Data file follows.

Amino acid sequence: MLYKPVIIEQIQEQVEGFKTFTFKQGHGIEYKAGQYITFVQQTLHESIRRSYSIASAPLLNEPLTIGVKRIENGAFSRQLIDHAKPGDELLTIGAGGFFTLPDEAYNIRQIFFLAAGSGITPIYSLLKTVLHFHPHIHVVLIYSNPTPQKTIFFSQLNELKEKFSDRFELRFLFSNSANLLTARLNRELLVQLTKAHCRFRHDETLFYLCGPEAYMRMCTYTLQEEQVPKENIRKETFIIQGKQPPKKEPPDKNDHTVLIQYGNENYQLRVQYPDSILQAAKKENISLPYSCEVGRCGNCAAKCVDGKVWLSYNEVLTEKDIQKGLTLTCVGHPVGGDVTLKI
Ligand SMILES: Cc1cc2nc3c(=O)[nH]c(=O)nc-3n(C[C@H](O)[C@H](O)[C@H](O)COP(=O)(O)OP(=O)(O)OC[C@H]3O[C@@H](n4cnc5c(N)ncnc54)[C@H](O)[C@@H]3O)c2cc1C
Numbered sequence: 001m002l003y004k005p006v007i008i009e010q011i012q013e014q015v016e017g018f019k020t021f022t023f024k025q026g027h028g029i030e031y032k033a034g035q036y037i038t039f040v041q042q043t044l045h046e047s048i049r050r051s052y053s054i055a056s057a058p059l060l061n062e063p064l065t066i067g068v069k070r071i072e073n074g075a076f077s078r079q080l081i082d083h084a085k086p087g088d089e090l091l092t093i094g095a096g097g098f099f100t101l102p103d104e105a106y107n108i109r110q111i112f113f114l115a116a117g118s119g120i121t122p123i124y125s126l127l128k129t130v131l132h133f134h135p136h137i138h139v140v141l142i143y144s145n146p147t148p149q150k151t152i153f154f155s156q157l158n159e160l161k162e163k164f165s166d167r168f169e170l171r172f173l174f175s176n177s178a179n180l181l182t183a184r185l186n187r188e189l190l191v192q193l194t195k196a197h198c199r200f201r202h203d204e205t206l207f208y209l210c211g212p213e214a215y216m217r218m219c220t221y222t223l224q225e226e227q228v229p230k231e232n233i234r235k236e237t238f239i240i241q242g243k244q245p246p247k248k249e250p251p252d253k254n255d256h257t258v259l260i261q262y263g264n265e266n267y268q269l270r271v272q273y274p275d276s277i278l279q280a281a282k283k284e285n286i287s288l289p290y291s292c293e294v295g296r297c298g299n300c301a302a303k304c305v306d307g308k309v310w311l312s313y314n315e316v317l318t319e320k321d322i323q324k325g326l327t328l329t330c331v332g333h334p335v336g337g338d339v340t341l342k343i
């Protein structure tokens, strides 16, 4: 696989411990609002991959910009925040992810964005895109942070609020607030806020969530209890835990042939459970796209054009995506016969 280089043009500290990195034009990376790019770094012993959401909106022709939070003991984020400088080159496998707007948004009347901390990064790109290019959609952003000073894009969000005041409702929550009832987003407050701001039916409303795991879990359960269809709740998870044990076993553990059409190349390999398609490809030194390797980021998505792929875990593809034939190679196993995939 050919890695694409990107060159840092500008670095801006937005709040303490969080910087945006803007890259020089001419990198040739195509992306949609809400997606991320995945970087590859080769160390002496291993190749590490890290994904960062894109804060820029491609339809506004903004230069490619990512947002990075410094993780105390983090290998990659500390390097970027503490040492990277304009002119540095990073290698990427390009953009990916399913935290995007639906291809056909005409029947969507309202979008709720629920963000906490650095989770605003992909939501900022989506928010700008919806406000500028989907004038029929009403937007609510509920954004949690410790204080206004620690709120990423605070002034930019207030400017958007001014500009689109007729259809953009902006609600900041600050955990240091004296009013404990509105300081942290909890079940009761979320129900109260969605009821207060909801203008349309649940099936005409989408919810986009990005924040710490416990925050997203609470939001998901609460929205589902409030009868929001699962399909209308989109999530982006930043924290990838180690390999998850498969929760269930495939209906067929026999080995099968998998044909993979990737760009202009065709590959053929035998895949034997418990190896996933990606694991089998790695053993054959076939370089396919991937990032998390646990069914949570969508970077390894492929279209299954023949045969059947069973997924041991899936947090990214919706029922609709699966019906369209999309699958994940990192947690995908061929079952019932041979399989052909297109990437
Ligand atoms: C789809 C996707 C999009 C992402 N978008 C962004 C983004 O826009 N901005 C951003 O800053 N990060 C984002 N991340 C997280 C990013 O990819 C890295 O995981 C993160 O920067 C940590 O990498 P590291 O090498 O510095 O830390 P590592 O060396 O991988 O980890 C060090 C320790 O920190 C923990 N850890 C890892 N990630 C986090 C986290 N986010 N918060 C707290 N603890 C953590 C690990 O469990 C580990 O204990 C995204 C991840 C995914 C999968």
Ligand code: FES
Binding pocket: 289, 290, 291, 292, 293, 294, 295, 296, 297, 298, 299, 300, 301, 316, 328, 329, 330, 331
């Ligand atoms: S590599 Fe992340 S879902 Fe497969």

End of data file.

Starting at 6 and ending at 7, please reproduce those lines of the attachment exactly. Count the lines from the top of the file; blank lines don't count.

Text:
Ligand code: FES
Binding pocket: 289, 290, 291, 292, 293, 294, 295, 296, 297, 298, 299, 300, 301, 316, 328, 329, 330, 331